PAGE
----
For Massive Wagons, this was the culmination of years of slogging their guts out up and down the motorway networks of the UK and having to get up for work the next morning. This was the reward for every mile in a cramped van, and every moment away from family and loved ones. This was the biggest Massive Wagons production to date, this was Massive Wagons with pyro! The first sign that tonight’s show was going to be something special came a week earlier with an email letting all media know that there would be no backstage access from one hour before Wagons came on. Then the RTB social media team posted a word of warning on Sunday morning to those who were camping that they might hear loud explosions coming from the stage area and not to worry as it wasn’t Wagons frontman Baz Mills trying out a bazooka, it was simply a test in preparation for the evening. Photographers were given explicit instructions of where to be before the show started and were to be escorted straight back out after shooting their allotted track…just in case they were in the wrong place at the wrong time and ended up looking like Wile E Coyote after the Roadrunner fooled him yet again. And as soon as it was dark, the familiar strains of ‘Thunderstruck’ kicked in, and it was “showtime!”.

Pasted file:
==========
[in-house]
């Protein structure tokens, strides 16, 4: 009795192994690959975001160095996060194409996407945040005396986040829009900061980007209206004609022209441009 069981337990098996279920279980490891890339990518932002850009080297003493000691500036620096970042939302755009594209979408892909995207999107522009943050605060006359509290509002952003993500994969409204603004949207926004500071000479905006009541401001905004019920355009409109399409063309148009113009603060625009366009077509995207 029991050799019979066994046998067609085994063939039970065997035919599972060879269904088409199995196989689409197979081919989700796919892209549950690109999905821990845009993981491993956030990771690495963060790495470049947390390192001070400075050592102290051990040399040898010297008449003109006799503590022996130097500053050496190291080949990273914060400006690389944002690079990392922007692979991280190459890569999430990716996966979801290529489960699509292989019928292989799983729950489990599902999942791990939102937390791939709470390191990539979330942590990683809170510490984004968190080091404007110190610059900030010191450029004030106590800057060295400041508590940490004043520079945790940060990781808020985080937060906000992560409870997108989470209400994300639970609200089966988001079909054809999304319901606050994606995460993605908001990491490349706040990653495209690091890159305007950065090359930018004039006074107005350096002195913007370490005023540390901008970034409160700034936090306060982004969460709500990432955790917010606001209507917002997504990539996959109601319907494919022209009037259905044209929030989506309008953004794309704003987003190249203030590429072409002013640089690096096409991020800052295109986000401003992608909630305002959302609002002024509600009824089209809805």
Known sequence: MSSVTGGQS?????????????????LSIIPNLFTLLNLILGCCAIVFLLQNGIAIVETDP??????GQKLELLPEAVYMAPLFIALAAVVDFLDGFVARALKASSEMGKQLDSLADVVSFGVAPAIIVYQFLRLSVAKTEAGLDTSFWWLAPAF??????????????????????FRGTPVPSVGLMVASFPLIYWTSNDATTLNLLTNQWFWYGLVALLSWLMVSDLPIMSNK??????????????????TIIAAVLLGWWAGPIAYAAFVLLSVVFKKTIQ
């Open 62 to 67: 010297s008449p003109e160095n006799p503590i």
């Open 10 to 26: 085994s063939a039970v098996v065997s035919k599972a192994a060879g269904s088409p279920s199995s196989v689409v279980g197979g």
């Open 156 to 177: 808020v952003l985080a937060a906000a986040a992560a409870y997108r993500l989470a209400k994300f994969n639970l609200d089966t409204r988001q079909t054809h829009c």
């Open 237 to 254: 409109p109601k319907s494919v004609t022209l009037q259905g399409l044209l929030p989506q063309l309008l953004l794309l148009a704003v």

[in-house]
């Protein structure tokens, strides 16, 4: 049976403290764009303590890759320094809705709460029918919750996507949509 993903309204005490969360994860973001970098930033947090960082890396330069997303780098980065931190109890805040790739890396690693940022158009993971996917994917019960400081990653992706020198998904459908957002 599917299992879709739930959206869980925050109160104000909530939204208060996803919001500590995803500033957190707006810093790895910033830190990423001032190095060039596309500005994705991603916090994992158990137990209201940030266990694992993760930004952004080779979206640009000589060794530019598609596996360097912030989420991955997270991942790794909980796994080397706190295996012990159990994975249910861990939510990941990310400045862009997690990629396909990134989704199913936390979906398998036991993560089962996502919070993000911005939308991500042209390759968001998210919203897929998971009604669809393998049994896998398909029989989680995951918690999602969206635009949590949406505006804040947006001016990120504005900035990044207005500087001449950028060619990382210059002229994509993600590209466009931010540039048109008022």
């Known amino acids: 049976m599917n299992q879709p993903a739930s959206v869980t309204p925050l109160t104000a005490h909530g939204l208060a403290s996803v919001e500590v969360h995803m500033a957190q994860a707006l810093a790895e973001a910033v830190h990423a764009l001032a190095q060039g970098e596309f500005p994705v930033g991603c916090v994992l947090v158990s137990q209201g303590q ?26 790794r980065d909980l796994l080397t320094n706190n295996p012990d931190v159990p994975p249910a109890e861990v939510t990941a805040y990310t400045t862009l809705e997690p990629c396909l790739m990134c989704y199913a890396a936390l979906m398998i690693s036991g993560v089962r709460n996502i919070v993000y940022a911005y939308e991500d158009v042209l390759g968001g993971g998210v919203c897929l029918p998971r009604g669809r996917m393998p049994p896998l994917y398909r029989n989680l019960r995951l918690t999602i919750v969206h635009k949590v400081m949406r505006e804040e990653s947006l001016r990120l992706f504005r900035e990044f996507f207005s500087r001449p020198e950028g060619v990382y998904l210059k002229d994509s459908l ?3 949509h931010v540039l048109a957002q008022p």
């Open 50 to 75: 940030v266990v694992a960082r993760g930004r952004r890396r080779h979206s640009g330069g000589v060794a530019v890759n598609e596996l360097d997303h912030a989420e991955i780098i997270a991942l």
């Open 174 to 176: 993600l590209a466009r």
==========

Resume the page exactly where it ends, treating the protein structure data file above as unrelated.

‘Thunderstruck’ gives way to the regular Noddy Holder intro, the curtain drops, and the crowd is met with the familiar sight of Baz Mills leading the charge straight into ‘In It Together’. The stage is set up so that drummer Alex Thistlethwaite and bassist Bowzer are on a raised level, while Mills, and guitarists Adam Thistlethwaite (complete with customary Flying V) and Stevie Holl are able to prowl freely along the front of the stage, pausing to use the carefully placed boxes to raise themselves up so that those at the back get a flash of the Wagons. Explosions go off, strobes explode to life, and roman candle fireworks ignite – and that’s just the opening song! The whirling dervish known as Baz Mills is in fine form conducting the mayhem in front of him as ‘China Plates’ (love, love, love the Scorpions shoutout!) and ‘Pressure’ come and go in what seems like a blink of an eye, such is the relentless pace of the set. Pyro provides some welcome heat from the drizzle, and Massive Wagons really suit this larger production. It’s obvious that they have invested so much into keeping the wheels rolling and moving up a notch at every opportunity rather than standing still.

With Don Valley Bowl being in a built-up area, there is an early curfew, so Baz keeps the chit-chat to a minimum, instead, he lets the music do the talking as ‘Hallescrewya’, ‘Nails’, ‘Fee Fi Fo Fum’, and ‘Nails’ lead into a balls-to-the-wall climax which begins with the telephone ringing for ‘The Curry Song’ before riotous renditions of ‘Tokyo’ and ‘Back To The Stack’ send the crowd home with a smile across their chops and confetti in their hair.